He's Just Not That Into You Review

Gigi loves Conor. Conor’s holding out for Anna. Anna’s dating Ben who’s married to Janine. Janine works with Gigi, Mary and Beth. Beth lives with Neil, Ben’s friend, who refuses to marry because he doesn’t believe in the concept. Meanwhile, Gigi consults Alex, Conor’s friend, on the secrets of what men really mean when they say enigmatic things like “I’ll call you.” If all of that sounds like the convoluted plot of a soap opera, you’re half right. What it is is the road map of He’s Just Not That Into You as it explores, somewhat shallowly, the twisting winding road of relationships.

Even as the other characters get a few minutes worth of detours each, the film primarily follows Gigi (Ginnifer Goodwin) as she receives crash course lessons from Alex (Justin Long) who takes her under his wing when he finds her desperately pining after Conor (Kevin Connolly) when he doesn’t call her back as promised. The information Alex peddles isn’t rocket science – in fact, any man or woman with even a modicum of social experience gleans the lessons that Gigi apparently missed. In presenting the film as a textbook of sorts with title cards and thematic issues in each relationship, the film makes the simpler points while neglecting those which are more complex.

The film presents each gender in a very monochromatic light. The women are all hyper-emotional head cases while the men are all lecherous and non-committal bastards to one degree or another. Even when characters range from every shade of gray, the fact remains that it’s all just gray. It could be argued that the characters are all proportionately shallow to meet the needs of half-baked romance stories with no other objective than to glibly comment on the current state of American romance. Is it news that e-mail, text messaging and chat rooms have changed the way relationships are formed in today’s culture? No. Is it all that revelatory that men and women have different expectations in communication? Again, no. The film comes on like it’s enlightening audiences when it’s doing little more than preaching to a media-saturated choir. What’s even more maddening? Certain threads from the film have been covered in more detailed and intimate caliber – He’s Just Not That Into You is little more than the diet version of better romantic comedies.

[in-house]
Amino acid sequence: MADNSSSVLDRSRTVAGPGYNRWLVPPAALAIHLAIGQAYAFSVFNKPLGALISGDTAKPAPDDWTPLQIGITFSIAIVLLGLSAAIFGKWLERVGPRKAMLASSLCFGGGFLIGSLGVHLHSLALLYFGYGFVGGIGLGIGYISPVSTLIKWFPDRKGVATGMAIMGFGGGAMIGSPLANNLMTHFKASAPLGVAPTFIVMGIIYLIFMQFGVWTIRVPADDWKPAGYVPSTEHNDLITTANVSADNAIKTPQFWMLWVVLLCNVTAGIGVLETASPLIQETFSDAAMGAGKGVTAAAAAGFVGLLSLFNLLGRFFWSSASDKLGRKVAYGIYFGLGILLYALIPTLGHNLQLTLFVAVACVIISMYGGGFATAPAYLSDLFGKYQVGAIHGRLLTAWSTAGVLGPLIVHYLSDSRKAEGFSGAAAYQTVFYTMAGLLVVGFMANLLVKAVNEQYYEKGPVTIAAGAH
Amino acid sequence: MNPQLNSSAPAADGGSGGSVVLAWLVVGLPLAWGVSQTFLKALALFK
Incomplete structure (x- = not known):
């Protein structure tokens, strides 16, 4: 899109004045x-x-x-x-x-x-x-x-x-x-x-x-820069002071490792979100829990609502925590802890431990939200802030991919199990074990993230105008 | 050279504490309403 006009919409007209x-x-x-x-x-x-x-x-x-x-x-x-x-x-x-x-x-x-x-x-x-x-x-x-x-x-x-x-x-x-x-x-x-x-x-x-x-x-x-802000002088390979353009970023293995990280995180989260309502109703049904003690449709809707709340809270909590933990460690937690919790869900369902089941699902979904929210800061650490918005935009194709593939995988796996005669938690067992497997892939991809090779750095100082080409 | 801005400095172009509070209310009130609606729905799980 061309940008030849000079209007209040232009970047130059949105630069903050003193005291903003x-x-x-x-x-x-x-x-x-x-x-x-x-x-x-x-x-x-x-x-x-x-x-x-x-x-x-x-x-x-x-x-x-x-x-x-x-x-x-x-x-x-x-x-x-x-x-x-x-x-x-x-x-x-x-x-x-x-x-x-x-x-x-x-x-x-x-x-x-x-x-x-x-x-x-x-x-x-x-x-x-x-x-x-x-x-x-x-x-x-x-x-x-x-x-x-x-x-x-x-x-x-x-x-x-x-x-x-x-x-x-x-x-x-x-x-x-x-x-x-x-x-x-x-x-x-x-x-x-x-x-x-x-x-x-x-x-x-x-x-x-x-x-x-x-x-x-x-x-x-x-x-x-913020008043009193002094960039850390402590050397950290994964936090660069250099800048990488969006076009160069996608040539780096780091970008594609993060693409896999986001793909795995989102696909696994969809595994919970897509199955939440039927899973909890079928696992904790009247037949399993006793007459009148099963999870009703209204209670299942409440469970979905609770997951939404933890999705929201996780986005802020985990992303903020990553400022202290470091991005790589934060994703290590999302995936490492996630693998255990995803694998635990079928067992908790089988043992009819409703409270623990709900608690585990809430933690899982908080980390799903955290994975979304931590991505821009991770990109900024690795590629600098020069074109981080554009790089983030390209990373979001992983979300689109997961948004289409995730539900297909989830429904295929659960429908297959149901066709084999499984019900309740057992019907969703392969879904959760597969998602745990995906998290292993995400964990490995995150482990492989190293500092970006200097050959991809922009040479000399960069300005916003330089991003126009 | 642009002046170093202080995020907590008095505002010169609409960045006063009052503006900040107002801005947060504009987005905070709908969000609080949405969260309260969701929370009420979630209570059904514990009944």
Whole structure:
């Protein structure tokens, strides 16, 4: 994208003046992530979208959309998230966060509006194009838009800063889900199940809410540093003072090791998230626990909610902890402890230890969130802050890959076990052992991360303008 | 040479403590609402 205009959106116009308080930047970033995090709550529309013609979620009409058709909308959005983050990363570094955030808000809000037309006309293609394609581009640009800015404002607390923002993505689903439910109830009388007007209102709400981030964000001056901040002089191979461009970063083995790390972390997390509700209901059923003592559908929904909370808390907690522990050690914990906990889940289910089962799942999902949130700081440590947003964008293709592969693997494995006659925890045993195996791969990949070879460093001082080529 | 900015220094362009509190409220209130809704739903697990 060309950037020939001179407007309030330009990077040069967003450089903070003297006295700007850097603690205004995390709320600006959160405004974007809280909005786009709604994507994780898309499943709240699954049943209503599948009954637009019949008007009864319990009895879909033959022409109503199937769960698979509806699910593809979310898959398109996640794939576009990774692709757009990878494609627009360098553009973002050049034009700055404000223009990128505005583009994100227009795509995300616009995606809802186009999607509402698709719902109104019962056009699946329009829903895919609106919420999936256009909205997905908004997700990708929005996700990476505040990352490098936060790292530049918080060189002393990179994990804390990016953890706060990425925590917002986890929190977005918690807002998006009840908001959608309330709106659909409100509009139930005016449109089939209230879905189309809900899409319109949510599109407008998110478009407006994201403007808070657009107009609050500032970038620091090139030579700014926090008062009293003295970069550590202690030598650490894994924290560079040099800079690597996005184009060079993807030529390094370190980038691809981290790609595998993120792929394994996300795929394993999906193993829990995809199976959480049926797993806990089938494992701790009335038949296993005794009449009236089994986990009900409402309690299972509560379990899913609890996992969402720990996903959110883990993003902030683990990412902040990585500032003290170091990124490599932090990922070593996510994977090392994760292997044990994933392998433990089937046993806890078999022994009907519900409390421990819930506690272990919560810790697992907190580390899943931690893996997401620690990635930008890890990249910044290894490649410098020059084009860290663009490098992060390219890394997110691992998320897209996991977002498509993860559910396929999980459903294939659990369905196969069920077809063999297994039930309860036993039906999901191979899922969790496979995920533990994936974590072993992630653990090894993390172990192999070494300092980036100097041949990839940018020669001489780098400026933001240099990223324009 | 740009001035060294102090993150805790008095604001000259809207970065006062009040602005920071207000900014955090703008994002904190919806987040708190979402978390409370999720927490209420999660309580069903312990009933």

The relationship of Ben (Bradley Cooper) and Janine (Jennifer Connelly) coupled with that of Beth (Jennifer Aniston) and Neil (Ben Affleck) could have made for a much deeper and meaningful explanation of relationships. Considering the two male leads are almost identical in silver screen sex appeal and their characters represent the two polar ends of the male opinions on marriage, creating a comparison piece between the two men could make for a compelling drama. But He’s Just Not That Into You treats each relationship with a very light touch and never dips too far in for fear of seeming off-balance (even though it already tilts excessively in Gigi’s favor). An example of a film which took this plot and put it to better use? Trust the Man. Furthermore, you could argue that the David Duchovny, Julianne Moorer, Maggie Gyllenhaal and Billy Crudup cast does the story justice.

The hi-def presentation of He’s Just Not That Into You looks beautiful, and the audio gets a crystal clear mastering – but these things do little to distract from the film’s glossy approach to a situation that needs a deeper examination. It’s not the worst romantic comedy to debut in recent years, but you could do better.

Blu-ray Bonus Features

After the digital copy of the film and the BD-Live features to be found online, the Blu-ray disc itself has a sparse offering of extra features outside the traditional additional scenes collection. First there’s a featurette where the actors from the film give 2-4 minute bits in character talking about their relationships as a couple or as a bachelor or bachelorette. It feels like you’re watching the actors get into character before a real scene – it’s not all that interesting, but it’s there for those of you who’ve found a bible in this film. Furthering the “film as a social bible” theme, director Ken Kwapis and the writers talk about the film’s origin as a simple line of dialogue in Sex and the City and its evolution into a full-blown social phenomenon. Hearing them talk about it you’d swear it was the deepest idea ever embodied on the silver screen. Finally, Kwapis carries on a little bit more about his brilliance as a director in using traditional film devices to further the film’s plot. Again, he hasn’t done anything new but hearing him talk about it you’d swear he was a pioneer.

"He's Just Not That Into You" is on sale June 2, 2009 and is rated PG13. Comedy, Drama, Romance. Directed by Ken Kwapis. Written by Abby Kohn, Marc Silverstein. Starring Ben Affleck, Bradley Cooper, Drew Barrymore, Ginnifer Goodwin, Jennifer Aniston, Jennifer Connelly, Justin Long, Kevin Connolly, Scarlett Johansson.

Lex Walker • Editor

He's a TV junkie with a penchant for watching the same movie six times in one sitting. If you really want to understand him you need to have grown up on Sgt. Bilko, Alien, Jurassic Park and Five Easy Pieces playing in an infinite loop. Recommend something to him - he'll watch it.


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